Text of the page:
Messiah: The Talmud on Messianic Prophecy
The charge is sometimes made that the New Testament makes improper use of the Hebrew Scriptures, forcing certain passages into service as Messianic prophecies when originally they were not intended to be such. A look at another ancient Jewish writing, the Talmud, sets the record straight and sheds new light on Messianic prophecies.
Of course, whenever three theologians are together, there are four opinions among them. This article is no demonstration that a certain view of a certain Scripture must be held; in fact in reading the Talmud there are very few views that are held without any difference of opinion. The purpose of this is simply to show, with references, that the Messianic interpretations of those who wrote the New Testament were in line with acceptable and traditional thoughts of ancient Judaism.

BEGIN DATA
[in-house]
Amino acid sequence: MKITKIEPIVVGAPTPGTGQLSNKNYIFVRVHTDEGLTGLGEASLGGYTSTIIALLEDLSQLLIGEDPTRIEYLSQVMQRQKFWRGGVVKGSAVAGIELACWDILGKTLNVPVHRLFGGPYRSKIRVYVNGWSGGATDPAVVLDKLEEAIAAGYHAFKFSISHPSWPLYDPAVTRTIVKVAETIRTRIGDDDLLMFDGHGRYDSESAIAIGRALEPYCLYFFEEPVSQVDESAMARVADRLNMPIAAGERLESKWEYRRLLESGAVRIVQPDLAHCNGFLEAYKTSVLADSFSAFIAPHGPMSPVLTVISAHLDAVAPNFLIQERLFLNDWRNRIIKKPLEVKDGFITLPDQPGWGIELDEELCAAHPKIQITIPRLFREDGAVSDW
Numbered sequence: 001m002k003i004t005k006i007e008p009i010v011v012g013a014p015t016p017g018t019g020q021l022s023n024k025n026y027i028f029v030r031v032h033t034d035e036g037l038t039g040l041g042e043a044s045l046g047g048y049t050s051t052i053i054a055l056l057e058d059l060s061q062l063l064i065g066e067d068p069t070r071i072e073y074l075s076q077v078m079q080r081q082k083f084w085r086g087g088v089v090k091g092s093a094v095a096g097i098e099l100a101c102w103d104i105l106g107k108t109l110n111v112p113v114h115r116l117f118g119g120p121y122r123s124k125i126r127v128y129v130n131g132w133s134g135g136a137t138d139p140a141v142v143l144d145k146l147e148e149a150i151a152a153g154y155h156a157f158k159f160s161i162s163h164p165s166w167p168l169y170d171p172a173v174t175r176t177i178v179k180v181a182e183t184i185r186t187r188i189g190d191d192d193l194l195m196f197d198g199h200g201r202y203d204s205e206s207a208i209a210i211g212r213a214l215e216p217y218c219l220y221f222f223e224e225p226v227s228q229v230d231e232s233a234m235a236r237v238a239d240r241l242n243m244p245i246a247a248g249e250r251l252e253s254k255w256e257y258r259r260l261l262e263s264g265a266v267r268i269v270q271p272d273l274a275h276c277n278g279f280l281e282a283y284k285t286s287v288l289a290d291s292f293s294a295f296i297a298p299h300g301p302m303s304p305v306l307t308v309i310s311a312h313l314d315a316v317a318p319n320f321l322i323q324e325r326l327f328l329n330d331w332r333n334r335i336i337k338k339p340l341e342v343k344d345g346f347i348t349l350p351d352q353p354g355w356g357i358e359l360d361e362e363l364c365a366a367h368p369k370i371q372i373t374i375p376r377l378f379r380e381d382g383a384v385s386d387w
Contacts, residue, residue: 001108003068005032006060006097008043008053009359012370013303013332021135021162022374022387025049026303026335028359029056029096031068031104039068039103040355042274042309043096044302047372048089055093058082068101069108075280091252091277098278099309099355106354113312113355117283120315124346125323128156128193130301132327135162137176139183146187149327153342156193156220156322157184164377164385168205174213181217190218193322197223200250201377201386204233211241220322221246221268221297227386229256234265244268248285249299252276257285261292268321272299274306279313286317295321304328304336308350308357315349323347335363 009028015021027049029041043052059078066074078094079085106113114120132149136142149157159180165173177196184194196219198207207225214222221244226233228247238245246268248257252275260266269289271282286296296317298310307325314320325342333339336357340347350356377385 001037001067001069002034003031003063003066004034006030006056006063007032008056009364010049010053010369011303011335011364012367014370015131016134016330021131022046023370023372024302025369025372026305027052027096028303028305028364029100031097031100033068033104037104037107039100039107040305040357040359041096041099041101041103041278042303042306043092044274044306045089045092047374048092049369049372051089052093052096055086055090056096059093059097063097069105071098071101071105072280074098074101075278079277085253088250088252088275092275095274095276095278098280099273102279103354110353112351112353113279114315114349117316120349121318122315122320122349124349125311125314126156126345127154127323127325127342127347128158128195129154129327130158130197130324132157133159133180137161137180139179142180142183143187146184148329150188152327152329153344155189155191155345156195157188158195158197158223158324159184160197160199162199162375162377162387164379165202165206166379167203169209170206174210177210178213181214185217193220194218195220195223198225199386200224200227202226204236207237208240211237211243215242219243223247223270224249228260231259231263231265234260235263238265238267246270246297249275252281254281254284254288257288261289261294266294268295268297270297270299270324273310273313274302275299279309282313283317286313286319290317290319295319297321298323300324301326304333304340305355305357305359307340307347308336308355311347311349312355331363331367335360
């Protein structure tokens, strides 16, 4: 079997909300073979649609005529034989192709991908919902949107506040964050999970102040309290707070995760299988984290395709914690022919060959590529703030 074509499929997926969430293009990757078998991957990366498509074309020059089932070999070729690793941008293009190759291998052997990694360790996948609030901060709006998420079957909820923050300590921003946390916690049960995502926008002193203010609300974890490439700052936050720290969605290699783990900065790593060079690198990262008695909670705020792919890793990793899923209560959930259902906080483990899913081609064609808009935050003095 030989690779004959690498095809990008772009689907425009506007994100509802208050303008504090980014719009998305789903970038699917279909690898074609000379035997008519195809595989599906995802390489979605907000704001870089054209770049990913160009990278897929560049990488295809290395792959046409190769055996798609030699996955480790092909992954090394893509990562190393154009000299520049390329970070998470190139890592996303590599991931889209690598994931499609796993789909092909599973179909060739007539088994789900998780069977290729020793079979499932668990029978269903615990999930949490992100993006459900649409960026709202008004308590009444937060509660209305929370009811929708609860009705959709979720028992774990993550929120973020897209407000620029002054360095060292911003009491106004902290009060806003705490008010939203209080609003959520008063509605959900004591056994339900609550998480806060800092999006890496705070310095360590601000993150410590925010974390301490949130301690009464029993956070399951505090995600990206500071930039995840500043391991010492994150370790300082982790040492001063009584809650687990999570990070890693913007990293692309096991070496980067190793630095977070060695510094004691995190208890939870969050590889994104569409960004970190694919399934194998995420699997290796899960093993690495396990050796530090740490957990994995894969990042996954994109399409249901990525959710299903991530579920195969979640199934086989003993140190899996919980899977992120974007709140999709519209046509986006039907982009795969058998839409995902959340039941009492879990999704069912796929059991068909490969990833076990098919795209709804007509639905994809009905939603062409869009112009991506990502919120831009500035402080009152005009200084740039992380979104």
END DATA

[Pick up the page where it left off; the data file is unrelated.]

The Messianic Scriptures
The Talmud related an ancient Jewish approach related to interpreting the Hebrew Scriptures:
“All the prophets prophesied only for the days of the Messiah” – Berachoth 34b
“All the prophets prophesied only in respect of the Messianic era;” – Sanhedrin 99a
Did everyone hold this view? Not necessarily; there is also an opinion that all prophets prophesied on behalf of those who would marry their daughters to scholars. (Just remember how many scholars were involved in writing the Talmud and it makes more sense.) While the comment about scholars was probably intended as humor – actual examples of its application are rare at best – the point is not a unanimous view. Very few views are ever held unanimously. The point is that interpreting all prophesy in light of the Messiah was an accepted ancient Jewish tradition with many examples of its kind.